- Arts & Literature
- Science & Technology
By John Glanville
Star Wars games are, much like the films, a grab-bag of excellence (Knights of the Old Republic, Jedi Knight, X-Wing vs. TIE Fighter, LEGO Star Wars, Rogue Squadron, and The Empire Strikes Back) and atrocity (Force Unleashed 2, Rebel Assault, Starfighter, Rogue Squadron 3, post-NGE Star Wars Galaxies, and Episode 2). It’s been a while since anyone took a run at a genuine Star Wars action game – the last was the solid-but-lacklustre Battlefront 2. The cryptically- and numerically-named 1313 is the next attempt at a mainstream-genre Star Wars game, and in this it could be a nail-on-head success: in short, 1313 promises to take Nathan Drake, disguised as an as-yet-unrevealed but much-speculated-upon new Star Wars character, into space and subsequently down, deep below the surface of Coruscant and into the bowels of a city which shamelessly lifts all the best bits of Asimov’s descriptions of Trantor. Activision and Lucasarts stress the new, grittier, ‘mature’ themes that 1313 will bring to the table (conveniently forgetting the genre-classic Dark Forces saga which set the bar for ‘mature’ themes in ‘90s sci-fi games) by descending beneath the gilded spires and pseudo-Queens backstreets of the movies, and into the conceptually rich but authorially lazy space of the ‘prison level’, where daylight never touches. I’m not sure, but I’ll venture a guess that we’re going to see some daylight in 1313. Corridor shooters are not Nathan Drake’s thing.
But why drag Uncharted’s chiselled platform-leaping gunslinger into this at all? Star Wars is a big franchise, surely it can have its own heroes. Sadly, the as-yet-nameless lead guy in 1313 really does look like a cookie-cutter of Uncharted, in the best possible way: while 1313 has been an on-rails hands-off demo and nothing more, it looks to have all the slickness and flair of Uncharted’s gunfights, and the same robust and cinematic platforming sections which fuse the drama of QTE sequences with the consistent-control paradigm of retaining at least similar button pushes to nudge yourself around a burning spaceship’s gently-exploding frame as to when hiding behind chest-high walls. Space Nathan Drake is as good as his regular counterpart at all this: from the brief sections of gameplay on show, the shooting is good, the moving is good, the jumping-around is good.
More importantly, 1313 is pretty. Demoed on a high-spec custom NVidia, this is a game which looks better than Revenge of the Sith did in cinemas, and matches up (in real-time) to Prometheus and Avatar’s digital components: while there are obvious shortcuts being taken to trade marginal graphical quality degradation for huge framerate gains, the simple fact is that 1313 is a game which takes the idea of the game-as-cinema literally, and not only in the Kojima hour-long-cutscene way: for unoptimised code, the sheer graphical beauty of 1313 and the solid framerate with which it is delivered are a triumph.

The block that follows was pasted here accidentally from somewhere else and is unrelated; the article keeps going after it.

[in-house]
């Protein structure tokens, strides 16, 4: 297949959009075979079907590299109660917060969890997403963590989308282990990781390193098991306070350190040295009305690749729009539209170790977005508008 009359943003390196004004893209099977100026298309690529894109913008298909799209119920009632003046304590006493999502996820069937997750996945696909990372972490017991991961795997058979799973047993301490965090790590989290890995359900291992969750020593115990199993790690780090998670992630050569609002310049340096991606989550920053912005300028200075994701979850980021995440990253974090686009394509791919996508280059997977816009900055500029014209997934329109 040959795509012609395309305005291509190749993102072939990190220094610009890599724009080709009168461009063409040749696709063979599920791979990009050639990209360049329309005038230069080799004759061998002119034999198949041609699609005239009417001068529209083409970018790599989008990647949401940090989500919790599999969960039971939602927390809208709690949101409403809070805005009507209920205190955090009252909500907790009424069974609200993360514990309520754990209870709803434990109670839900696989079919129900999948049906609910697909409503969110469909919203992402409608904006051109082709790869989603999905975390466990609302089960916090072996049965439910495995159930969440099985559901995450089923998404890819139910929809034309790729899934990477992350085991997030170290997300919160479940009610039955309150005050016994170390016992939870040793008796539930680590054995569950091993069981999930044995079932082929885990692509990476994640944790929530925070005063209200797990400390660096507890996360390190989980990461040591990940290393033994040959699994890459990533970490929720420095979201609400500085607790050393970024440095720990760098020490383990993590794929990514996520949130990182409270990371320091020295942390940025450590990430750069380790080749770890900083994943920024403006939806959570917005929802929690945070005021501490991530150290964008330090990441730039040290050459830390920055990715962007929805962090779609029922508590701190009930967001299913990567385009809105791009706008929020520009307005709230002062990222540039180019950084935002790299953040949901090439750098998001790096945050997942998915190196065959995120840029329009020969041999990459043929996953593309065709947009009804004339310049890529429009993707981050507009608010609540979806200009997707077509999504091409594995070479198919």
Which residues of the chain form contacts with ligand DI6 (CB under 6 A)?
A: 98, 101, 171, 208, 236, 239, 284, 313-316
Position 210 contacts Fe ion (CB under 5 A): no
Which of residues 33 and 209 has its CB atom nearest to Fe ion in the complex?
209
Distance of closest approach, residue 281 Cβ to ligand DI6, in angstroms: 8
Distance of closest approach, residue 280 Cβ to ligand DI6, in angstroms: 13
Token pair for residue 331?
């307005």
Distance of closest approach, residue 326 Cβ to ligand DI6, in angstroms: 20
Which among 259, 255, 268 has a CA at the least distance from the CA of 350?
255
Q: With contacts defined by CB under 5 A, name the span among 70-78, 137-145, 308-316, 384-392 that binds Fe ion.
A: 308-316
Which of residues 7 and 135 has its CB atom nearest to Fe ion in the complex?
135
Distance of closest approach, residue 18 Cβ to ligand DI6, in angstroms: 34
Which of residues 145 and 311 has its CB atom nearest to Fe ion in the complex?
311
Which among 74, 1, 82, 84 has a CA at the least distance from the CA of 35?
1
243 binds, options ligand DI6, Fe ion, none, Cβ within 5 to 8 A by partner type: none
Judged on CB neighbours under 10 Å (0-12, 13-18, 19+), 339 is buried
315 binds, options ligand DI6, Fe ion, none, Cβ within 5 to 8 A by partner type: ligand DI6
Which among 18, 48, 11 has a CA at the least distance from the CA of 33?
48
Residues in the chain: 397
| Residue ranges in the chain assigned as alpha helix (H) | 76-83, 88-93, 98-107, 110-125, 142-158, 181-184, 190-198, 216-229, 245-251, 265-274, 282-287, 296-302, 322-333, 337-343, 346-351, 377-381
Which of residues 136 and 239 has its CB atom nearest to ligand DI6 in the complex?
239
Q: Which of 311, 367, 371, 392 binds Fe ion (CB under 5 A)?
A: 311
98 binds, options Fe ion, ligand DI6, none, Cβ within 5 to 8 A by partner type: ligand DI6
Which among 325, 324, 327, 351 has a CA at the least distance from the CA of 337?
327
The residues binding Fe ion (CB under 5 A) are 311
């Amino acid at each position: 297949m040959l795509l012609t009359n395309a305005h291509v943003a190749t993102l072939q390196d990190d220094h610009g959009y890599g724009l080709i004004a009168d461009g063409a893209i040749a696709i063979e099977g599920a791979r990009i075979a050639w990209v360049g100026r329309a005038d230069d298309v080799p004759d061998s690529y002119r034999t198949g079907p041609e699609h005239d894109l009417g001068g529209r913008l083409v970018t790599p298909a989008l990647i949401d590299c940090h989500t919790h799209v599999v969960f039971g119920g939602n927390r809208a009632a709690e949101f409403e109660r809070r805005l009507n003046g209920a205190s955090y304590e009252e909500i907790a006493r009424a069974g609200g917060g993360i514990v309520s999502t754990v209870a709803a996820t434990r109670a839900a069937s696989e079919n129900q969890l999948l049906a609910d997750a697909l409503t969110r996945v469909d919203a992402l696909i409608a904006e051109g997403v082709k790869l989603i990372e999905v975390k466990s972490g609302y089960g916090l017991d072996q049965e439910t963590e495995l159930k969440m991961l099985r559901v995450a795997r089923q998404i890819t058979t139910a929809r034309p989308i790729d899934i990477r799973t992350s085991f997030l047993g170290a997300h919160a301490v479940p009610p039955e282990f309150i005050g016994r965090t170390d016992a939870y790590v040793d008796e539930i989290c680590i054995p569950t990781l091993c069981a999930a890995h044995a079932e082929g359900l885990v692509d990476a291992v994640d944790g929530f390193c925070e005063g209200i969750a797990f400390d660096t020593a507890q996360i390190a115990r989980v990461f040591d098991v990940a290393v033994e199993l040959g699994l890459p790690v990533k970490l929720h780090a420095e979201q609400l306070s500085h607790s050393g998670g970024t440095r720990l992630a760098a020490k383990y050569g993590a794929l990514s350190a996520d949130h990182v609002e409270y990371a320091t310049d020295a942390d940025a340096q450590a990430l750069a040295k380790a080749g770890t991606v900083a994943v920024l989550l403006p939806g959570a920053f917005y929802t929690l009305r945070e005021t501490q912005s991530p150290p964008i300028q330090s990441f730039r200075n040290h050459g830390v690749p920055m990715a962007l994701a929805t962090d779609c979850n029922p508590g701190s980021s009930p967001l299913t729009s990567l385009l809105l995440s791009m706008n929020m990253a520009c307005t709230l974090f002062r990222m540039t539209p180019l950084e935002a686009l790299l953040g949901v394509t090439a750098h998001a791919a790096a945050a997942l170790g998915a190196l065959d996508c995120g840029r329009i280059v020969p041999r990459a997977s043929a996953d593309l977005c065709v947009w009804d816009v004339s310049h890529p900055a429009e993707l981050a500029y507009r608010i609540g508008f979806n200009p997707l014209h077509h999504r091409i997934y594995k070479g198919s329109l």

Sadly, I have yet to be convinced that 1313 is anything other than the dumb blonde of next year’s releases: its’ looks seem in inverse proportion to its’ smarts, and it has been glimpsed only briefly in the vast club dancefloor of the games media world: specifically, for a two-minute demo, it’s the prettiest girl (or boy) in the room. Try to get to know it though, and it’s clear that all that Acti are showing are those two minutes: they’re within their rights to, and 1313 is definitely not a game just tapping at the inside of the egg, but suspicions run high for a game being kept so tightly under wraps despite a media blitz. Keeping the surprise is one thing – though if mainline Lucasarts storytelling is anything to go by, all the talk of “no Jedi” that Activision have trumpeted will be overruled in the third act, and any given plot twist is relatively likely to play out at some point – but the vacuum of information surrounding 1313 is troublesome: as yet, it speaks to a game which could mature into a well-rounded, enjoyable roll through a segment of the Star Wars universe which has previously only been the preserve of comicbooks and novels. Equally, though, it could end up as all face and no brain: the chosen one, supposed to bring balance to the franchise, actually giving rise to a thousand fans doing their best Hayden Christiansen Big No impression.